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Sounds to me like the German side was played better than historically - or at least more cautiously. Remember that historically, the Soviet Steamroller didn't get going until after the German losses at Kursk. If his forces are that strong, maybe you need to bait him into an attack.
 
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Patrick B
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Why attack? The German player just has to park a line running n/s west of Stalingrad, and just gradually fallback to victory by May45. He has no reason to do anything, except to take advantage of desperate Russian move that left Red's line dangerously undercovered.
 
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Paul Lags
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This can be a valid tactic. The German player needs to be able to win otherwise there wouldn't be any point playing on past S42. It however is trickier to pull off than you might think. My tips are:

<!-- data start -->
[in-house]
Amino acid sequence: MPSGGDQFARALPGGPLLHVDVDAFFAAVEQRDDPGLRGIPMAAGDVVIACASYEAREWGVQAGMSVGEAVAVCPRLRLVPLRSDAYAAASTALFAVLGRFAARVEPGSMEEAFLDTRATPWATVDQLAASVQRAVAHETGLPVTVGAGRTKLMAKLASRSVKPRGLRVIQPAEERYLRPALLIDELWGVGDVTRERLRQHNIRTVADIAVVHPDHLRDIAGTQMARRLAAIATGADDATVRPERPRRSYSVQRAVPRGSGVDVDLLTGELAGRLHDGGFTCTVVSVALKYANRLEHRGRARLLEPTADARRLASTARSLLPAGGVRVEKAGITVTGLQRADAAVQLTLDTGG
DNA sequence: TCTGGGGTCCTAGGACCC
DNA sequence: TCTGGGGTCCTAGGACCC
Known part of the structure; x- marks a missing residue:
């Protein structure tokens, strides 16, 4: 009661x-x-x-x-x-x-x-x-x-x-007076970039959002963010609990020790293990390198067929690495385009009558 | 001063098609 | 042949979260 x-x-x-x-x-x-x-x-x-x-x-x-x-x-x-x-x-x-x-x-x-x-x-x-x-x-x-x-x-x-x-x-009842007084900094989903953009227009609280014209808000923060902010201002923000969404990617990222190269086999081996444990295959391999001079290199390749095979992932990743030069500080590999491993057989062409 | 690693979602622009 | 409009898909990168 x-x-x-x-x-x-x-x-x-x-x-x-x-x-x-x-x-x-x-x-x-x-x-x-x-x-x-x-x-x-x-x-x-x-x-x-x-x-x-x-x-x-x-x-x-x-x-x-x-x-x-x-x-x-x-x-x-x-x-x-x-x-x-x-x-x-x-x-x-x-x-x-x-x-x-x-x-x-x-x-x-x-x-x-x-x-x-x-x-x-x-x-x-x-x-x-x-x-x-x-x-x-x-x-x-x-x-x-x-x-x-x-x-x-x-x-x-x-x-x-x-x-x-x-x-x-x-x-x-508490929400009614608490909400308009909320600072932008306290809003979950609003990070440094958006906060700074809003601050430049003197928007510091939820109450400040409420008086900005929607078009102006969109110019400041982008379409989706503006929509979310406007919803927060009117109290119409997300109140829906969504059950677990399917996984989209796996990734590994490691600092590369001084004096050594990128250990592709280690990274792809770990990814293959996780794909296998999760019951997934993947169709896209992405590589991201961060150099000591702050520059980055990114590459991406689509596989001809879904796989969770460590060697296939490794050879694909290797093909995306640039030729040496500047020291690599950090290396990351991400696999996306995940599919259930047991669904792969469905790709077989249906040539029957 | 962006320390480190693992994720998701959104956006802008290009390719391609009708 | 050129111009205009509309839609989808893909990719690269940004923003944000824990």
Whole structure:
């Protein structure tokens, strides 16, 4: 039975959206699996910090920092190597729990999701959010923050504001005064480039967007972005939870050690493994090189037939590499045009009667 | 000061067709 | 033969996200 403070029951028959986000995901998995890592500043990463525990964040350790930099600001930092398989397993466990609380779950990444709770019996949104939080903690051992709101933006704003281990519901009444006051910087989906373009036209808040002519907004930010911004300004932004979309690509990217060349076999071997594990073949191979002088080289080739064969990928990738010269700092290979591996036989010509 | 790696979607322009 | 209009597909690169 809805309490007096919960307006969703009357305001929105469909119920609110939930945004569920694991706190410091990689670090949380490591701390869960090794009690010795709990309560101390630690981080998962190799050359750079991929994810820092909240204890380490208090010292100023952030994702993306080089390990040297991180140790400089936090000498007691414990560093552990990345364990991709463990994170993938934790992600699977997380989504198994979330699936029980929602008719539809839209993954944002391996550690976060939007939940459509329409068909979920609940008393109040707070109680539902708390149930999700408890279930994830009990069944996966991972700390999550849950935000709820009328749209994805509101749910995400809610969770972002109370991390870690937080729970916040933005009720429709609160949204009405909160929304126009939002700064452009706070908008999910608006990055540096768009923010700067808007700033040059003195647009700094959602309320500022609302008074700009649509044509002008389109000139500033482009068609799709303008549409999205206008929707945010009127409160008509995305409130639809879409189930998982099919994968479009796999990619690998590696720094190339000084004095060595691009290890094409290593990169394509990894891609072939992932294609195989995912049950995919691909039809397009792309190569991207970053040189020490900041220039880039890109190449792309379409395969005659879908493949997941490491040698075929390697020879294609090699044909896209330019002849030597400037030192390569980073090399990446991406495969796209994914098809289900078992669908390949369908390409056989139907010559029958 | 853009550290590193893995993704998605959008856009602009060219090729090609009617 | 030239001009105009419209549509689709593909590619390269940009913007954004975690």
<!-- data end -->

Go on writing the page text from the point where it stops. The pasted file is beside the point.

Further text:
-attack where they are weakest (but consider the bottom rule). Not just blocks but types/defensive terrain etc. He cannot be fully stacked across his entire line.
-snow is the soviets best friend, defensive lines become a lot less tenable once the rivers freeze over. German HQ power is diminished along with movement, those German infantry will quickly be left behind if you do manage a breakthrough. Success begets success.
- fortune favors the brave (sometimes), you might get beat up and achieve nothing, you might breakthrough. Doing nothing is guaranteed to achieve nothing though.
-Use FOW, this is vital in this game. A buildup of units on a narrow front could be your next big attack or could all be inf. Don't be obvious otherwise the defense is obvious.
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Patrick B
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Well, as I mentioned: 3-4 blocks in every hex to the south. Now, if you mean 'entire line' to extend all the way up north, then yes: up there, he has 1 block per hex. Of course, if I move units up there, so will he. Evenly matched again.